The most riveting reads in history meet today's biggest thriller writers in Thrillers: 100 Must-Reads.Edited by David Morrell and Hank Wagner, Thrillers: 100 Must-Reads examines 100 seminal works of suspense through essays contributed by such esteemed modern thriller writers as: David Baldacci, Steve Berry, Sandra Brown, Lee Child, Jeffery Deaver, Tess Gerritsen, Heather Graham, John Lescroart, Gayle Lynds, Katherine Neville, Michael Palmer, James Rollins, R. L. Stine, and many more.Thrillers: 100 Must-Reads features 100 works - from Beowulf to The Bourne Identity, Dracula to Deliverance, Heart of Darkness to The Hunt for Red October - deemed must-reads by the International Thriller Writers organization.Much more than an anthology, Thrillers: 100 Must-Reads goes deep inside the most notable thrillers published over the centuries. Through lively, spirited, and thoughtful essays that examine each work's significance, impact, and influence, Thrillers: 100 Must-Reads provides both historical and personal perspective on those spellbinding works that have kept readers on the edge of their seats for centuries.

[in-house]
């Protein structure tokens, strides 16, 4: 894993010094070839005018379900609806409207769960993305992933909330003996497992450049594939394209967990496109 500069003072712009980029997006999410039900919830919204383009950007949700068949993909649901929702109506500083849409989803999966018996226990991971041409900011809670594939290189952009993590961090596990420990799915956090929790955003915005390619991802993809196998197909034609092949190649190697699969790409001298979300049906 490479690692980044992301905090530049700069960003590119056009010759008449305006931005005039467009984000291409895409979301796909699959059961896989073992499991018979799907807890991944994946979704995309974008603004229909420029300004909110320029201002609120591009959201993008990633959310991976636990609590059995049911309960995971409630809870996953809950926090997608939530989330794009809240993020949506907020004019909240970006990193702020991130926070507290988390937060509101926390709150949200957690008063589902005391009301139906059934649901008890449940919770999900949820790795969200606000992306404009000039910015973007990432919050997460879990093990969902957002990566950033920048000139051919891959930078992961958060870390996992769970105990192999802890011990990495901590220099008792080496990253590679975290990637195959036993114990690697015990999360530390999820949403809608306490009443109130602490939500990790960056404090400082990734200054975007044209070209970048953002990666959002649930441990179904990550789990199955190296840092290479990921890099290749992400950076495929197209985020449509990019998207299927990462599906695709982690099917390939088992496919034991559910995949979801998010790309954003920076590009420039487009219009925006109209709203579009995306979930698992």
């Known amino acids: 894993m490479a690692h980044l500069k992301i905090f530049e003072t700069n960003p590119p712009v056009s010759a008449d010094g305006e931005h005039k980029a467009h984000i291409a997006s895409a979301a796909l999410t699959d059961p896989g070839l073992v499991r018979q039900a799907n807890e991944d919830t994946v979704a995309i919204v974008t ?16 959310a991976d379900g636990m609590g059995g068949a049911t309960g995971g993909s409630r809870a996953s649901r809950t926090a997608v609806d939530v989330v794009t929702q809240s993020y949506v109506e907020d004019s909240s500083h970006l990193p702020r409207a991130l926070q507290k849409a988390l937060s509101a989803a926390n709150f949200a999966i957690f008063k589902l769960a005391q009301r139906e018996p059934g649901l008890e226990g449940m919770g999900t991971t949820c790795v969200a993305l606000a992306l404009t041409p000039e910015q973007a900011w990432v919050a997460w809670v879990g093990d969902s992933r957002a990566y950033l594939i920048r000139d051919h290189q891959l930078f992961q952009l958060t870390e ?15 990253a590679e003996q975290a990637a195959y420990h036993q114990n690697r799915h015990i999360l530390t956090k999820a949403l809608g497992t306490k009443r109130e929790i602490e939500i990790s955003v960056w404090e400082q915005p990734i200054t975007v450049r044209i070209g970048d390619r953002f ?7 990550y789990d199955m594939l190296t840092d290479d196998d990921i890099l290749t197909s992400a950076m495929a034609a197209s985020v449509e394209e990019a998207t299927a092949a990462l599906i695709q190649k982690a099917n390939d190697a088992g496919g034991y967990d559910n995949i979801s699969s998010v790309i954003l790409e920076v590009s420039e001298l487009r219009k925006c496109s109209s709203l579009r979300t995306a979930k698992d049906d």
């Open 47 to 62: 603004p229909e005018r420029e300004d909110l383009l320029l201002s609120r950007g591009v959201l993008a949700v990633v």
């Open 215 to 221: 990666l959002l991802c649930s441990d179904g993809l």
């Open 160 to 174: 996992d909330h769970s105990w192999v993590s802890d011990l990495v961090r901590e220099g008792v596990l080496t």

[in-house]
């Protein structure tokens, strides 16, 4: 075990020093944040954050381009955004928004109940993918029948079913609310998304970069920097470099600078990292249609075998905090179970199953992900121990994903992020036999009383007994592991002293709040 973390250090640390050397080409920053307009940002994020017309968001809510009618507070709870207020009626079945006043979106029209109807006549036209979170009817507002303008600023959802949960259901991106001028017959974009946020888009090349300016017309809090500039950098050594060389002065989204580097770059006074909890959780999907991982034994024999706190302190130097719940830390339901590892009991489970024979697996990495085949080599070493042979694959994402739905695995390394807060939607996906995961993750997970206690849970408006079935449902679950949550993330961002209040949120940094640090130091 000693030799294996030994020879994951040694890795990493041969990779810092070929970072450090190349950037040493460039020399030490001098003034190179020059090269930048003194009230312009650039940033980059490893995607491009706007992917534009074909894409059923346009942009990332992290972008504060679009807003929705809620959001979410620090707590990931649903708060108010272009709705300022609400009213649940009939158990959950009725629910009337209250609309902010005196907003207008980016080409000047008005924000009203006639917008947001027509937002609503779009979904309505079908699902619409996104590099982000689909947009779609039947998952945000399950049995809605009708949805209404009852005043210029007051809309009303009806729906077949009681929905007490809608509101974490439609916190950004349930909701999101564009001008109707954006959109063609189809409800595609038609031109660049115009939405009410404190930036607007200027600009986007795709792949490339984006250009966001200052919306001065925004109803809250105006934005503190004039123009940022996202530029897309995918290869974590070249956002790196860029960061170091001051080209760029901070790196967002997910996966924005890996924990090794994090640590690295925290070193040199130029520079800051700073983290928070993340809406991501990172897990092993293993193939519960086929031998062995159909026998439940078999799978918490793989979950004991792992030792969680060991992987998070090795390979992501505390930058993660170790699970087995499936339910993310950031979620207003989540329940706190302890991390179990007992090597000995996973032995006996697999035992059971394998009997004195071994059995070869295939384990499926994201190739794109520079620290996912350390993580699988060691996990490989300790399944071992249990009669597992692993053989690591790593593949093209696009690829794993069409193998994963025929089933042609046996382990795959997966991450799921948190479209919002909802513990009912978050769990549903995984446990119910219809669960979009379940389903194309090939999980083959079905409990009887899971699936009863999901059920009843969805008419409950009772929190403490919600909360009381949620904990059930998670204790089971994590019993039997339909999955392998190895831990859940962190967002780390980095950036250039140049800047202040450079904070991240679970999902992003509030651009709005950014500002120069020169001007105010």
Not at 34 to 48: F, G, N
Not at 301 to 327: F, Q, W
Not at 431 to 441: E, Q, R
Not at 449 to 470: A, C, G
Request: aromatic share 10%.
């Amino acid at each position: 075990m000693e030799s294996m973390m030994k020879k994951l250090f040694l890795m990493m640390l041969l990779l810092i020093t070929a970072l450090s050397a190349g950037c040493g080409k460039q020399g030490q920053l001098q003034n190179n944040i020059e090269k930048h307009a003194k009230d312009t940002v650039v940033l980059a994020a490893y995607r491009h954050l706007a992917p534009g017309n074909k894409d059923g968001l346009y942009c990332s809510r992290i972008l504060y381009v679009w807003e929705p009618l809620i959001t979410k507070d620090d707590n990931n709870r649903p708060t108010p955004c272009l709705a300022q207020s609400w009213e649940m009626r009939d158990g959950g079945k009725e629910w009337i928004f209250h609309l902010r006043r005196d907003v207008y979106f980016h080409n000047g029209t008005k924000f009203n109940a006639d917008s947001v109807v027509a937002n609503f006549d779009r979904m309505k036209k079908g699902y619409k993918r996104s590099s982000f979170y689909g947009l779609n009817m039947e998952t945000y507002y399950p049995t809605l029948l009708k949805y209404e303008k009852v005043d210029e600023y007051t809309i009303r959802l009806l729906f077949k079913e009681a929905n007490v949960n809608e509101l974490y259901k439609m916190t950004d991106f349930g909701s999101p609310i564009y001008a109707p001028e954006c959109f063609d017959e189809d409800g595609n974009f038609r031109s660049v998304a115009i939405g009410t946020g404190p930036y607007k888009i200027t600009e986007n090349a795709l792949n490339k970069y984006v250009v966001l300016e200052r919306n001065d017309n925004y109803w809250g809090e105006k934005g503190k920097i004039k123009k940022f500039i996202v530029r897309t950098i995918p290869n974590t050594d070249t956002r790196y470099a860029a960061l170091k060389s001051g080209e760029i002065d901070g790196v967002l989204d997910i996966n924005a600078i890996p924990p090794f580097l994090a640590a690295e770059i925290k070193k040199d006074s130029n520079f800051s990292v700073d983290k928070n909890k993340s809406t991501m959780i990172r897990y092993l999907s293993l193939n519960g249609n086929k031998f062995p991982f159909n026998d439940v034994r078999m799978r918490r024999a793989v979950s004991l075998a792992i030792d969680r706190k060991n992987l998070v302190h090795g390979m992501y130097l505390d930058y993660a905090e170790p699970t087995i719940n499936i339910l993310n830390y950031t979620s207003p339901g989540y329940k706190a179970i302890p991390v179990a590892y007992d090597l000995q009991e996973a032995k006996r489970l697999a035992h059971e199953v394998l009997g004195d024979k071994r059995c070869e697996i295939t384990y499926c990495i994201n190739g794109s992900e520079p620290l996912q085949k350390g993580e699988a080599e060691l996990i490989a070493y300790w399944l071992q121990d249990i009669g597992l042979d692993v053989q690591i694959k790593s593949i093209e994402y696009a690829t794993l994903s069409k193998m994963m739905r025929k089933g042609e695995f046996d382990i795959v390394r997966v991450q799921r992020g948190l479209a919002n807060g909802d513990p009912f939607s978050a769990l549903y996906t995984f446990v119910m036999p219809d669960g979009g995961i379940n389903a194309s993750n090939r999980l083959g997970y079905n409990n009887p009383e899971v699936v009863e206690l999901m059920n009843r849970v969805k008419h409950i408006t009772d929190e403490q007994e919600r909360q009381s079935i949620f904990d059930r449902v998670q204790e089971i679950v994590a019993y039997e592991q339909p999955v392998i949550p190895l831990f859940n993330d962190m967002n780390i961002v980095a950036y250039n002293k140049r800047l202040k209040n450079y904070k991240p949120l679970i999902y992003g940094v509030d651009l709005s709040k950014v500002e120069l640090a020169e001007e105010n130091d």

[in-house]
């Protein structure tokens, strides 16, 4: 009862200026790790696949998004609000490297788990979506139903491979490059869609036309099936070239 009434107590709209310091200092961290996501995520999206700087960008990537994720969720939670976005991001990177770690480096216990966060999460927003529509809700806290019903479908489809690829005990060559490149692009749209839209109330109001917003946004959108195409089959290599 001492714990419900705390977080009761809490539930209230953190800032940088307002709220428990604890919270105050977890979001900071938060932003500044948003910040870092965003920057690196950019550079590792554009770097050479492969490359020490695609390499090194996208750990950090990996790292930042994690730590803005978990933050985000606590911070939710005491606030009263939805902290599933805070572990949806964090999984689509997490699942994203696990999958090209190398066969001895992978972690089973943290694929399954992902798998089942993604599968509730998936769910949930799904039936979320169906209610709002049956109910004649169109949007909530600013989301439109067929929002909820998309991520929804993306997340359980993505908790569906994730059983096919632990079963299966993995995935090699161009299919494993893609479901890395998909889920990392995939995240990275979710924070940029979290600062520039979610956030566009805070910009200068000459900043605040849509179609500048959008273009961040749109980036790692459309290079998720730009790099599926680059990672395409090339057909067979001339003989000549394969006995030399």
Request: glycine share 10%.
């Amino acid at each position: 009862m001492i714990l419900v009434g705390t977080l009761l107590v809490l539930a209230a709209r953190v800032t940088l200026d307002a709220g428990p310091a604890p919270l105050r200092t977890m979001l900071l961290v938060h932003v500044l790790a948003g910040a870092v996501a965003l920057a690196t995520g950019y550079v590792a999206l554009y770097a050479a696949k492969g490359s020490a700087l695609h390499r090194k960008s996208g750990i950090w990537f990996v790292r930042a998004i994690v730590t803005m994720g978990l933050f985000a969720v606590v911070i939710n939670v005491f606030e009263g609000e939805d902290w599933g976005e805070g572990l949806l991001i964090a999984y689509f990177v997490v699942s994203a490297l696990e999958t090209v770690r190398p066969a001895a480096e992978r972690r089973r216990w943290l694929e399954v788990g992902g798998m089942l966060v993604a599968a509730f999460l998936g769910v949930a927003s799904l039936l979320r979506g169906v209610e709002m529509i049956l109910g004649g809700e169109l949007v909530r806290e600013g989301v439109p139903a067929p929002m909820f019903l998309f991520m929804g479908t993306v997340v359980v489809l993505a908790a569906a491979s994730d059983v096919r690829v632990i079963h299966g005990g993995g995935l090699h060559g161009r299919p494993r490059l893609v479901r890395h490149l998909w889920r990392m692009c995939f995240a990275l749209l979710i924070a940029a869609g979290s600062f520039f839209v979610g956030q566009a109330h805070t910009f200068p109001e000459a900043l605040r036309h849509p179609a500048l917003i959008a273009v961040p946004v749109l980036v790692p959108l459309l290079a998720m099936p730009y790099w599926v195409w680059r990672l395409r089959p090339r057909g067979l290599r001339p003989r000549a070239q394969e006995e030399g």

Working with a frustratingly broad definition drawn from John Buchan that a thriller "create excitement and quicken the reader's heartbeat" Morrell and Wagner's collection disappoints. Morrell's First Blood was the basis for the Rambo films, and Wagner is a regular contributor to Mystery Scene magazine; they have selected 100 examples of supposedly trendsetting thrillers, each introduced by a contemporary writer of the genre. Beginning with the ancient Greek myth of Theseus and the Minotaur and ending with Dan Brown's 2003 bestseller, The Da Vinci Code, the list includes both obvious and puzzling selections. The introductions are also of varying quality, with the more interesting examples coming from writers who explore their personal connection to the work in question, such as the ingenious parallels Lee Child drew as a boy between the Theseus myth and Ian Fleming's Dr. No, or Duane Swierczynski discovering Donald Westlake's (writing as Richard Stark) Parker series and realizing "it's fun to read about sons of bitches." But the collection lacks cohesion, and too much space is devoted to minibiographies of the writers (which can be easily gleaned elsewhere). Thriller aficionados may find new titles to add to their reading lists; casual fans will be overwhelmed by the broad-stroke approach.